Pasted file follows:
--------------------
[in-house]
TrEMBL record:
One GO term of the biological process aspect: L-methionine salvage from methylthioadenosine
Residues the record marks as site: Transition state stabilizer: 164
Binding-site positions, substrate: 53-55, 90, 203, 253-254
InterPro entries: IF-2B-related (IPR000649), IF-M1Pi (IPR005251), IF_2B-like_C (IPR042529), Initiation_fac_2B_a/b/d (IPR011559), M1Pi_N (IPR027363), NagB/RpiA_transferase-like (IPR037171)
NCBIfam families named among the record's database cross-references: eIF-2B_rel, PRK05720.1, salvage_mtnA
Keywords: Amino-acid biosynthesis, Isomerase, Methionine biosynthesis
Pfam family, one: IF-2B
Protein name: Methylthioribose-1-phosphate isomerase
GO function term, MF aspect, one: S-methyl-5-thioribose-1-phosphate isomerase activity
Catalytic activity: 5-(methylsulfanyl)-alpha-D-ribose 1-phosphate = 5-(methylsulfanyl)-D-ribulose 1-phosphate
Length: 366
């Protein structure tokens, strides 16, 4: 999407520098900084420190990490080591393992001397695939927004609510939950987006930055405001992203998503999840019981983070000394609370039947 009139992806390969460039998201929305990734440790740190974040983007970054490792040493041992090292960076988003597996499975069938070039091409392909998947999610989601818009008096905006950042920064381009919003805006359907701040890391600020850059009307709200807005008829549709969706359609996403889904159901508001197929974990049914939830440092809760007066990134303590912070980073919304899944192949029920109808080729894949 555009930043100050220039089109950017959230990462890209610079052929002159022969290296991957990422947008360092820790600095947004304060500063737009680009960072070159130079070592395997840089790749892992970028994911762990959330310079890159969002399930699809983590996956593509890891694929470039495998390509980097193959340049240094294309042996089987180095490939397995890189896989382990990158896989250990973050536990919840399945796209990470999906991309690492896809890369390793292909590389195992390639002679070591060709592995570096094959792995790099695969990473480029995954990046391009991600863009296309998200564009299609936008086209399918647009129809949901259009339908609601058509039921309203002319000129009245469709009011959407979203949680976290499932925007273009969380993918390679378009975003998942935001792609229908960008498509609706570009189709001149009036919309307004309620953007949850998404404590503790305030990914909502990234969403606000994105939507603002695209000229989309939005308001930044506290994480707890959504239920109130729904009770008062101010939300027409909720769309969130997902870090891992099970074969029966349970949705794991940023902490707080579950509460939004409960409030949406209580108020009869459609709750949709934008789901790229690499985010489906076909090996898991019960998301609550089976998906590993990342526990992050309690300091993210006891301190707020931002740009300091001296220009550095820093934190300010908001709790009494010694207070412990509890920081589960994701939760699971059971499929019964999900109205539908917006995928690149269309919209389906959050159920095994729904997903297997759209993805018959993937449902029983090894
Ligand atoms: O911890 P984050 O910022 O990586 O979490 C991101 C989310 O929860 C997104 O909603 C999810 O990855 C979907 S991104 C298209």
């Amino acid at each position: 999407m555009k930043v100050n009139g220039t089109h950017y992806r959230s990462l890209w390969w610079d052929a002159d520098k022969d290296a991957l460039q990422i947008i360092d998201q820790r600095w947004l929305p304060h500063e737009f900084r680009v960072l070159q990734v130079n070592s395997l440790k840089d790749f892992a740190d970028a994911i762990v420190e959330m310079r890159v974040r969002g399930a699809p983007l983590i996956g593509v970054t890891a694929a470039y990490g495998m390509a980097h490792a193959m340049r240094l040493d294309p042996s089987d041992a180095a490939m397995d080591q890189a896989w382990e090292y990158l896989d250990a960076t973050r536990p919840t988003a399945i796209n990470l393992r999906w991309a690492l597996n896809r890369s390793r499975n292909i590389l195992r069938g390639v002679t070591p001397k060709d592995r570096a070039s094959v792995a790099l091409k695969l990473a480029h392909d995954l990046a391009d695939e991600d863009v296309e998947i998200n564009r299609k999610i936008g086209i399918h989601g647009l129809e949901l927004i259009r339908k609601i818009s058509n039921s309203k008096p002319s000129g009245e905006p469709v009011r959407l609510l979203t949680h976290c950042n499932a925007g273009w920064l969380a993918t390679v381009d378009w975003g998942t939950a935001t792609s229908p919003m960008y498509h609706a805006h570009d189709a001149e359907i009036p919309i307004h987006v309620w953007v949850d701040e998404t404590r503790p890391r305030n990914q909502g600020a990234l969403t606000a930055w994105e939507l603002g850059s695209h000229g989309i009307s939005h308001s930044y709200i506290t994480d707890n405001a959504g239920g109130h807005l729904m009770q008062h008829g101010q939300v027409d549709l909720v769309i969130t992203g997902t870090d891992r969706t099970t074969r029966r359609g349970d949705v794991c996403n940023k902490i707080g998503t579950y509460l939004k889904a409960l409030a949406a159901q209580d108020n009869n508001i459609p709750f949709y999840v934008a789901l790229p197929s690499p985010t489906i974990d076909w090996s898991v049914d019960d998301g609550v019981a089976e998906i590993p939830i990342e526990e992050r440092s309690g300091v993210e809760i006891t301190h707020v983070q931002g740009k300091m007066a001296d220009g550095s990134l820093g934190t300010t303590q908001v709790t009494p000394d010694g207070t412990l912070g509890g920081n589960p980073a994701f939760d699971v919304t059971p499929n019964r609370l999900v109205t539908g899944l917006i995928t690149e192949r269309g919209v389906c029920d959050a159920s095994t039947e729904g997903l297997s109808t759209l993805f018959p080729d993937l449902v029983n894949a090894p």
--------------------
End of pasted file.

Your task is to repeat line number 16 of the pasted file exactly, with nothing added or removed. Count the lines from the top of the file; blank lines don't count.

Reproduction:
């Amino acid at each position: 999407m555009k930043v100050n009139g220039t089109h950017y992806r959230s990462l890209w390969w610079d052929a002159d520098k022969d290296a991957l460039q990422i947008i360092d998201q820790r600095w947004l929305p304060h500063e737009f900084r680009v960072l070159q990734v130079n070592s395997l440790k840089d790749f892992a740190d970028a994911i762990v420190e959330m310079r890159v974040r969002g399930a699809p983007l983590i996956g593509v970054t890891a694929a470039y990490g495998m390509a980097h490792a193959m340049r240094l040493d294309p042996s089987d041992a180095a490939m397995d080591q890189a896989w382990e090292y990158l896989d250990a960076t973050r536990p919840t988003a399945i796209n990470l393992r999906w991309a690492l597996n896809r890369s390793r499975n292909i590389l195992r069938g390639v002679t070591p001397k060709d592995r570096a070039s094959v792995a790099l091409k695969l990473a480029h392909d995954l990046a391009d695939e991600d863009v296309e998947i998200n564009r299609k999610i936008g086209i399918h989601g647009l129809e949901l927004i259009r339908k609601i818009s058509n039921s309203k008096p002319s000129g009245e905006p469709v009011r959407l609510l979203t949680h976290c950042n499932a925007g273009w920064l969380a993918t390679v381009d378009w975003g998942t939950a935001t792609s229908p919003m960008y498509h609706a805006h570009d189709a001149e359907i009036p919309i307004h987006v309620w953007v949850d701040e998404t404590r503790p890391r305030n990914q909502g600020a990234l969403t606000a930055w994105e939507l603002g850059s695209h000229g989309i009307s939005h308001s930044y709200i506290t994480d707890n405001a959504g239920g109130h807005l729904m009770q008062h008829g101010q939300v027409d549709l909720v769309i969130t992203g997902t870090d891992r969706t099970t074969r029966r359609g349970d949705v794991c996403n940023k902490i707080g998503t579950y509460l939004k889904a409960l409030a949406a159901q209580d108020n009869n508001i459609p709750f949709y999840v934008a789901l790229p197929s690499p985010t489906i974990d076909w090996s898991v049914d019960d998301g609550v019981a089976e998906i590993p939830i990342e526990e992050r440092s309690g300091v993210e809760i006891t301190h707020v983070q931002g740009k300091m007066a001296d220009g550095s990134l820093g934190t300010t303590q908001v709790t009494p000394d010694g207070t412990l912070g509890g920081n589960p980073a994701f939760d699971v919304t059971p499929n019964r609370l999900v109205t539908g899944l917006i995928t690149e192949r269309g919209v389906c029920d959050a159920s095994t039947e729904g997903l297997s109808t759209l993805f018959p080729d993937l449902v029983n894949a090894p």